I think honestly many of those folks haven't really thought about it, but are just parroting something they heard from their clergy or something. I've had conversations with some devout people who were surprised to find I'm atheist. I like to think they change their thinking after realizing I'm nice, ethical and moral, without a belief in god/s. I do feel that as more of us nice atheists come out and create awareness, that myth about atheists being evil will evaporate.
Not offended, no. However, it does bother me that, Christians especially (or maybe I think primarily of them since they are so influential and there are so many of them in the US), feel they own the moral high ground. I believe there is a small fraction of Christians who truly believe and who honestly try to live a "godly" life, following the commandments, etc. That said, I believe the majority of them are complete hypocrites. The spew their "morality" and then break all their own rules. The reality is that everyone has morals. Everyone has their own moral standard. There are bad people in the world with "bad" morals, who don't respect the general, common-sense behaviors of society, many of which are enshrined in law (murder, theft, assault are all illegal except in self-defense). Christians and Atheists exist across the spectrum of morality (good & bad). I feel that the percentage of actual "good" Atheists might be higher because Atheists at least give thought to what they are doing. Many religious people are kept in check by their fear of divine punishment. Morality is a subjective thing and the religious do not have a monopoly on "good morals."
Not really, but I'm a behaviorist. I try to fully own my own emotions, thoughts and reactions, therefore I understand what others think and do is on them and out of my control.
A few theists are toxic, but sometimes it's funny instead of offensive. There was fellow supervisor (thank goddess he barely impacted my work) and there had been a little tension, but nothing big. He found out I'd performed some gay weddings and angrily asked me, "you're just an unrepentatn sinner".
I said, yeah man. Strangely that worked for him, he just needed to put me in a box and that decreased our tension.
I still smile when thinking about that exchange.
I do object to the "holier than thou" attitude some theists hold over non-believers because it is so obviously unfounded. Morality finds many of its tenets in the foundations of the biological blueprints for survival of whichever species. Just because someone wrote it in a book doesn't make it their property alone. Indeed so many immoral acts have been committed down the centuries in the name of theism that they should perhaps apologise instead of berate?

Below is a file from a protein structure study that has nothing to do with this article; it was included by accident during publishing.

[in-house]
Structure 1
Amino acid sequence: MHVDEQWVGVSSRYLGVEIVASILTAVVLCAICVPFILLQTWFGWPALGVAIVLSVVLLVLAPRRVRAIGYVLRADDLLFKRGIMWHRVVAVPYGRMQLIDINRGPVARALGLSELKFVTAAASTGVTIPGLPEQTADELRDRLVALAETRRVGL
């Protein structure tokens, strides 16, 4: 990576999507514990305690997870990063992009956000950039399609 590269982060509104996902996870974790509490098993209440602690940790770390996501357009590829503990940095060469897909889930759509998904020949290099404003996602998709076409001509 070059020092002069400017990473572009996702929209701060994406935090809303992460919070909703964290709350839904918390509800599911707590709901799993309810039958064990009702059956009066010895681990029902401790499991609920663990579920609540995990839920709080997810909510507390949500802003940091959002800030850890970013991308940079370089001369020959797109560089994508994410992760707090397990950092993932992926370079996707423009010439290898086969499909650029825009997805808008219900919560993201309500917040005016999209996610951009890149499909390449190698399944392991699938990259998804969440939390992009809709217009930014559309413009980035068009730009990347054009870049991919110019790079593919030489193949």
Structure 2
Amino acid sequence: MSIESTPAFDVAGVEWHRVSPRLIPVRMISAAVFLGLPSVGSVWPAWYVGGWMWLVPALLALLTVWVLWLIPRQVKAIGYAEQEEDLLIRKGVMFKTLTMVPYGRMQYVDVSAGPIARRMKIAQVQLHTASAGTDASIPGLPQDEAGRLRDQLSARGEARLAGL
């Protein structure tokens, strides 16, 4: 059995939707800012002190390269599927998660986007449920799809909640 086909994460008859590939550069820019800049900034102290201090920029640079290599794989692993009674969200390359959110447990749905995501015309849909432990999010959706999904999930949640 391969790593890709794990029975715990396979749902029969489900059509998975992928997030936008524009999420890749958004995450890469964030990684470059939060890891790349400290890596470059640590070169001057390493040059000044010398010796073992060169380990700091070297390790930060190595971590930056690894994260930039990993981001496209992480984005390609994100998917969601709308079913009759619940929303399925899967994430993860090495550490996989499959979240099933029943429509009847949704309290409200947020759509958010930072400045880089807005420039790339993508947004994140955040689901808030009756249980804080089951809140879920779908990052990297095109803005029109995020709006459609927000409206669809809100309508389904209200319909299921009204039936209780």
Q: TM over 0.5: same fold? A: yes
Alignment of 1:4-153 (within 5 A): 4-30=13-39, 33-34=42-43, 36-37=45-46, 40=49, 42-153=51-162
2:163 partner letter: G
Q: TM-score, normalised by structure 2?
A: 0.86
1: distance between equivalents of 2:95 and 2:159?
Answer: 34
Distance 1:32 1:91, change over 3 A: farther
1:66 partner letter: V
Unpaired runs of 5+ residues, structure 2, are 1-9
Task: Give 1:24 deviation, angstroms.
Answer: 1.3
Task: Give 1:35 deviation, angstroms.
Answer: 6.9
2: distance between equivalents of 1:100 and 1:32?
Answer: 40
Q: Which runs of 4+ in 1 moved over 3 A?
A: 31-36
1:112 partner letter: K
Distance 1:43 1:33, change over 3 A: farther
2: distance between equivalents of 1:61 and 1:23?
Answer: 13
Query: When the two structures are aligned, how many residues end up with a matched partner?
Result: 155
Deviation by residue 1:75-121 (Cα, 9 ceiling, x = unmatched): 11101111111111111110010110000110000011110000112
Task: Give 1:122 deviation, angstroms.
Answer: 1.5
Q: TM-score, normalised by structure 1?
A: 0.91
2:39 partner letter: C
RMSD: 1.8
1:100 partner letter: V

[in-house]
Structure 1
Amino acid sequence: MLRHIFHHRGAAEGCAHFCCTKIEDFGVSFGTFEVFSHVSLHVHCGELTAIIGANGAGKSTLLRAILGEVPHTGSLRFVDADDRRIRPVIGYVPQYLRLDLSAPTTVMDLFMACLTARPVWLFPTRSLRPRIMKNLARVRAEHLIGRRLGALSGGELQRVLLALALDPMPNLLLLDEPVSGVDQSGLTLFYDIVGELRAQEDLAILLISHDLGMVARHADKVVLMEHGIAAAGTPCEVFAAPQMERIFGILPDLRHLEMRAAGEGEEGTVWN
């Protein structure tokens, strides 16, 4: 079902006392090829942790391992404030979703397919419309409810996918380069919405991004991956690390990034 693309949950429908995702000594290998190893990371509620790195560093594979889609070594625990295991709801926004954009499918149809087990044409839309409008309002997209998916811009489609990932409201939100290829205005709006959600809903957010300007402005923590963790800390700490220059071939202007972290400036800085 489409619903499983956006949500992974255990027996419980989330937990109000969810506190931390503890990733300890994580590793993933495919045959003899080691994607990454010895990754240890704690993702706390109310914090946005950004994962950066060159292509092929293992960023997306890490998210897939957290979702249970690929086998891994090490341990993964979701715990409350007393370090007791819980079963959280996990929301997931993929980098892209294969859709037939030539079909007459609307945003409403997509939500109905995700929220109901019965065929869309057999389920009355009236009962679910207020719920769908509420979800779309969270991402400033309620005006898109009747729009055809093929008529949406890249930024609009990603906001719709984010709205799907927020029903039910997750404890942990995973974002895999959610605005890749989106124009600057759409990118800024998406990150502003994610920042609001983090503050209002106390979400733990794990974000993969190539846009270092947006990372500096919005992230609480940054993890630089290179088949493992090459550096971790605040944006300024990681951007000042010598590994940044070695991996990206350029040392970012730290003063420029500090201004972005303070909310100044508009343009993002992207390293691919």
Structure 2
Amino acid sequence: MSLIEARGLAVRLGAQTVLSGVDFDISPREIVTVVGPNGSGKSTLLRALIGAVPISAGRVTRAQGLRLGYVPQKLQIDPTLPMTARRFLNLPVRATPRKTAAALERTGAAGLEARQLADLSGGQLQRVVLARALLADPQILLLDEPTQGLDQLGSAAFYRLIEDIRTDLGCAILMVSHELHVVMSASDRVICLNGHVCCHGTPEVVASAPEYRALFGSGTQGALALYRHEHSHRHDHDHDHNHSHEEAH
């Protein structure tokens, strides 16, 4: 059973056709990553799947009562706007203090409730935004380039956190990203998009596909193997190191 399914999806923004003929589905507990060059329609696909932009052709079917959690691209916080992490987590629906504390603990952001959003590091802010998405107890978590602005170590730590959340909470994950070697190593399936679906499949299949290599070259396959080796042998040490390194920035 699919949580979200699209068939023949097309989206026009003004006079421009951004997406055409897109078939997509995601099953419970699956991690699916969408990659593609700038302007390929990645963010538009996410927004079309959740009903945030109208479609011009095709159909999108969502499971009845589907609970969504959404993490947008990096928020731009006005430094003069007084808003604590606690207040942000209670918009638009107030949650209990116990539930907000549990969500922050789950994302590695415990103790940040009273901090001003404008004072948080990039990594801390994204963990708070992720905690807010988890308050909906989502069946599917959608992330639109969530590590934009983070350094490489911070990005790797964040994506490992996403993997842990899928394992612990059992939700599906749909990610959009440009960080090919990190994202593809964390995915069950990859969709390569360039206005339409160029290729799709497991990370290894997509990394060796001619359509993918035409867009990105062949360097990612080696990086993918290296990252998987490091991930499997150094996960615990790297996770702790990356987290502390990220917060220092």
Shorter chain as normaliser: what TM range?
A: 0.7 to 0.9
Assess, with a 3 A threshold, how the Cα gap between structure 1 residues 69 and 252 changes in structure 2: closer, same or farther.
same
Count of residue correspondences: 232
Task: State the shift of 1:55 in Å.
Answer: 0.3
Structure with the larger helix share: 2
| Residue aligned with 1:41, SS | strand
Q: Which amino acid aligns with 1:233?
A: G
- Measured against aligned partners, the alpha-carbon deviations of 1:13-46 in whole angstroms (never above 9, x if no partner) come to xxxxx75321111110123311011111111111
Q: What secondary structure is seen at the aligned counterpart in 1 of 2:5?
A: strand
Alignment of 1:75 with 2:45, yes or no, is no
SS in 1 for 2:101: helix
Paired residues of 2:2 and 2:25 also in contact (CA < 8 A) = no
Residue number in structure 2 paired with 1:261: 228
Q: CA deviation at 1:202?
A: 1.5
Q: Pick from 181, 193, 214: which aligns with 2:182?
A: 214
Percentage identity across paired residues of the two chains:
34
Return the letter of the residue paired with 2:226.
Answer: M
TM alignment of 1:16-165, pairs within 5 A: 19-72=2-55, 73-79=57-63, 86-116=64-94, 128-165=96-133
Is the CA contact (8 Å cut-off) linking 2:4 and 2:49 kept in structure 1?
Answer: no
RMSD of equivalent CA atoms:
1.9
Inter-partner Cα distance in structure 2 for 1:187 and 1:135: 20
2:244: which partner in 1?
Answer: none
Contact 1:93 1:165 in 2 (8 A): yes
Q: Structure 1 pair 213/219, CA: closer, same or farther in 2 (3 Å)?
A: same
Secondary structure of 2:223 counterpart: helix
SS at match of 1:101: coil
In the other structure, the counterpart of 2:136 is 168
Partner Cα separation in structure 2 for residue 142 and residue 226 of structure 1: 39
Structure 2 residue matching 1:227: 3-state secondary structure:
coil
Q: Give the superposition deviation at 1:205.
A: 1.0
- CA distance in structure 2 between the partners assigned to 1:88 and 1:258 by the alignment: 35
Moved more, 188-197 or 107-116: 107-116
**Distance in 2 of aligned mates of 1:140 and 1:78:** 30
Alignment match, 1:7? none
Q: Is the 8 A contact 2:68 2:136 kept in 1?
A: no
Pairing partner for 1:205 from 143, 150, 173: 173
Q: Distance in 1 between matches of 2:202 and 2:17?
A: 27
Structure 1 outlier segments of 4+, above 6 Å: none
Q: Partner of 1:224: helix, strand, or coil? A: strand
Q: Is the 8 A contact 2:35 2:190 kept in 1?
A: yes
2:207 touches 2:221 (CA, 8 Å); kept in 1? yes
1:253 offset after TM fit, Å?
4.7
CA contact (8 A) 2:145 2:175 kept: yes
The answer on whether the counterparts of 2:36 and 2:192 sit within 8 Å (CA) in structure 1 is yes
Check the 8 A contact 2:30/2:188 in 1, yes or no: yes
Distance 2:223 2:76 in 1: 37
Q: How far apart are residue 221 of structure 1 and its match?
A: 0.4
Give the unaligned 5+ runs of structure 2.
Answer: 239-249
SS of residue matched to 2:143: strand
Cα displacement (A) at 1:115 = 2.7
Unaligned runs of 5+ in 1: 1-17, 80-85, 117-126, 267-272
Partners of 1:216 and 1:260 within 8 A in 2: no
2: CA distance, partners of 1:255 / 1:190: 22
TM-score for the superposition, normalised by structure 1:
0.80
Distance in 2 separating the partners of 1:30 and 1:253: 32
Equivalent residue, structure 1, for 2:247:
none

Let's see now, I get my morality from life experiences, family, friends, innate sense of empathy and compassion for others, books, schools, the golden rule of society, etc. When I'm faced with a decision to do right or wrong, I immediately know it and it has nothing to do with scoring points for Big Daddy in the sky.
It's hugely offensive. I'm a very moral person. In fact some of the theists I've encountered during my lifetime have displayed a shocking lack of common, basic morality.
Many are hypocrites, yet they look down on us, patronise us and claim the moral high ground. To dismiss an atheist's morality is to invalidate the whole person.
No, they exist inside the bubble of their traditional paradigm. Unless a person expends the personal effort to expand and try to burst that bubble you cannot really expect them even to see out of it.
That is part of why it is important to speak up, it is like sticking your head into that bubble and letting them know the world is bigger than they currently think.
I don't think they realize how arrogant and impertinent such a contention is, so I don't take it personally. However, it IS tiresome because it's so drilled into them, and the flip side is that they really believe that they would become depraved without their imagined godly morality. That's, after all, why they think atheists would be depraved, licentious, etc. At least there's a certain internal consistency to that notion.
It usually takes them by surprise if you force them to apply the notion to themselves by saying that it's too bad that they think themselves so evil that they believe themselves barely restrained from pillaging and raping but for their god holding them back from what they really want to do.